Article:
Eastwood continued to expand his repertoire by playing opposite Meryl Streep in the love story The Bridges of Madison County (1995). Based on a best-selling novel by Robert James Waller, it relates the story of Robert Kincaid (Eastwood), a photographer working for the National Geographic who has a love affair with a middle-aged Italian farm wife in Iowa named Francesca (Streep). Eastwood and Streep got along famously during production and such was their on-screen chemistry that a number of people believed that the two were having an affair off-camera, although this has been denied by both. The film was also a hit at the box-office and grossed $70 million in the United States. The film, unlike the novel, surprised film critics and was warmly received. Janet Maslin of the New York Times wrote that Clint had managed to create "a moving, elegiac love story at the heart of Mr. Waller's self-congratulatory overkill", whilst Joe Morgenstern of the Wall Street Journal described The Bridges of Madison County as "one of the most pleasurable films in recent memory".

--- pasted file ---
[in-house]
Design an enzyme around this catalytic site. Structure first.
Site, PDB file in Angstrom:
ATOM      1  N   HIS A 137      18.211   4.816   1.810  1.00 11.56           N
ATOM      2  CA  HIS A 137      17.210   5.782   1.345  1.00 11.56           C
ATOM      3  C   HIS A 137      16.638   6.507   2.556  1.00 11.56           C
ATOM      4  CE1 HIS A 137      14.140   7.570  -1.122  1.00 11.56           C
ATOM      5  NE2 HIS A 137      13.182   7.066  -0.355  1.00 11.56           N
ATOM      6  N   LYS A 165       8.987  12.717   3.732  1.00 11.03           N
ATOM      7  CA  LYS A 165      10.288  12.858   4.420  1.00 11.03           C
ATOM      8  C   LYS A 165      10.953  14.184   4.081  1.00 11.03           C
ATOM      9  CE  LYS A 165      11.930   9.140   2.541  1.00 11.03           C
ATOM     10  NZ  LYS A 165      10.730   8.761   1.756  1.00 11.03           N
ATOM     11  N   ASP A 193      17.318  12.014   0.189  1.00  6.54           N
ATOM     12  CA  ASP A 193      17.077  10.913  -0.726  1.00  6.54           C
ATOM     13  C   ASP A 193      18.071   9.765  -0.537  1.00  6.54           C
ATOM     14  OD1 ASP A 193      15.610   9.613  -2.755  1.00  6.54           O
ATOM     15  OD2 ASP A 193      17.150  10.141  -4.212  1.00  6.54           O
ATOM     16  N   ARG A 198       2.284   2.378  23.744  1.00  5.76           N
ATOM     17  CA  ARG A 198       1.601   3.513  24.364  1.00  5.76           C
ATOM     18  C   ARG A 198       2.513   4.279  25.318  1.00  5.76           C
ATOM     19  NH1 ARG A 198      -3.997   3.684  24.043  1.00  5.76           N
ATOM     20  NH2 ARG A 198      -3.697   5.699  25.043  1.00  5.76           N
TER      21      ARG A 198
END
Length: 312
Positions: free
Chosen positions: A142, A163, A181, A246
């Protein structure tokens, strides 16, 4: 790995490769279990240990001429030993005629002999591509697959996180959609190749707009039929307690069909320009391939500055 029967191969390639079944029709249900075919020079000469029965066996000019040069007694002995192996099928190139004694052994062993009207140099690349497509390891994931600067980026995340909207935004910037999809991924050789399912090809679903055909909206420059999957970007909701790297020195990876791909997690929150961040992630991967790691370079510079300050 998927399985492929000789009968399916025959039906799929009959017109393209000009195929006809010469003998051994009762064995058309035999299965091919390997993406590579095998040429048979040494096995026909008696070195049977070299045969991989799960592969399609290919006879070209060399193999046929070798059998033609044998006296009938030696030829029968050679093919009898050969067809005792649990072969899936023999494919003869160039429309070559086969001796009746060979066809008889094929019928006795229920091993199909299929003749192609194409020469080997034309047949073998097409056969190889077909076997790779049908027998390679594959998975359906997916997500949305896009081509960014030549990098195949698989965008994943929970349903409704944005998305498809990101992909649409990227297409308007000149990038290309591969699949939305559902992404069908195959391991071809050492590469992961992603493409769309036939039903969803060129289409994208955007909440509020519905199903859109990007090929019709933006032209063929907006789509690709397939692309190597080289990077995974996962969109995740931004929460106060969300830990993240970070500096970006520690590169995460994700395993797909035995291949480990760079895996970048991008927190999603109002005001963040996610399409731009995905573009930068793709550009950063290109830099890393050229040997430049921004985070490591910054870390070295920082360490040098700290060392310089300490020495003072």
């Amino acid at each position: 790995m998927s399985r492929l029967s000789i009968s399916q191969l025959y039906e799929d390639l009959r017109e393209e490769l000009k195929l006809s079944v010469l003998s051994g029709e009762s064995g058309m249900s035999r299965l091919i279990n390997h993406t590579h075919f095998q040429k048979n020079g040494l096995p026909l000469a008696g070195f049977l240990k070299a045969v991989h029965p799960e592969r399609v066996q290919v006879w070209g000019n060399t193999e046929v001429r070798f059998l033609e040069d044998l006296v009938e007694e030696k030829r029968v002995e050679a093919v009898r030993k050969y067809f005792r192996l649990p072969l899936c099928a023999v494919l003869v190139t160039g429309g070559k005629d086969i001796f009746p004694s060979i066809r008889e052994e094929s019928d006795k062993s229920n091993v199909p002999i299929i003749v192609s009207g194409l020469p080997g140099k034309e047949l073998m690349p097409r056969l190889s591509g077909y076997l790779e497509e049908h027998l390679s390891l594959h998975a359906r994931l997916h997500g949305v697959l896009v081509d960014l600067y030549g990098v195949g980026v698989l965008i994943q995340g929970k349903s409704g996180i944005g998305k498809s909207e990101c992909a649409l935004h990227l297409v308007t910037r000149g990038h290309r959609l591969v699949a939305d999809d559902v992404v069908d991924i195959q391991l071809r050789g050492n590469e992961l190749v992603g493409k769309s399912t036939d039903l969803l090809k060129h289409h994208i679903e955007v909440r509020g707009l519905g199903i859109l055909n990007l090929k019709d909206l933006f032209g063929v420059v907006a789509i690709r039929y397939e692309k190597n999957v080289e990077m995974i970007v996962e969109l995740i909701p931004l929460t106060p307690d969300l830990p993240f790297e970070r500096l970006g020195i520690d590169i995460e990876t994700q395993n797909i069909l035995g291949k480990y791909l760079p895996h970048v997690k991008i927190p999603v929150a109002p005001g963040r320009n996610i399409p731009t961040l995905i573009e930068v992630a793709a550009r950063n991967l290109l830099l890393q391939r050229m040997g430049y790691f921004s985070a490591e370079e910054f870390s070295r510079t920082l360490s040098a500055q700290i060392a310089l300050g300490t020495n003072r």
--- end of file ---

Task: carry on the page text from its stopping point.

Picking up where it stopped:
The Bridges of Madison County by Robert James Waller (US; as Love in Black and White, London, Sinclair-Stevenson, 1992)
Mandarin 0749-31578-0, 1993, xii+171pp.
Mandarin 0749-32034-6, (Aug) 1995, 224pp.[FC: Clint Eastwood]

Eastwood directed and starred in the well-received political thriller Absolute Power. The film's ensemble cast featured Gene Hackman, Ed Harris, Laura Linney, Scott Glenn, Dennis Haysbert, Judy Davis, and E. G. Marshall. Eastwood played a veteran thief who witnesses the Secret Service cover up a murder the President was responsible for.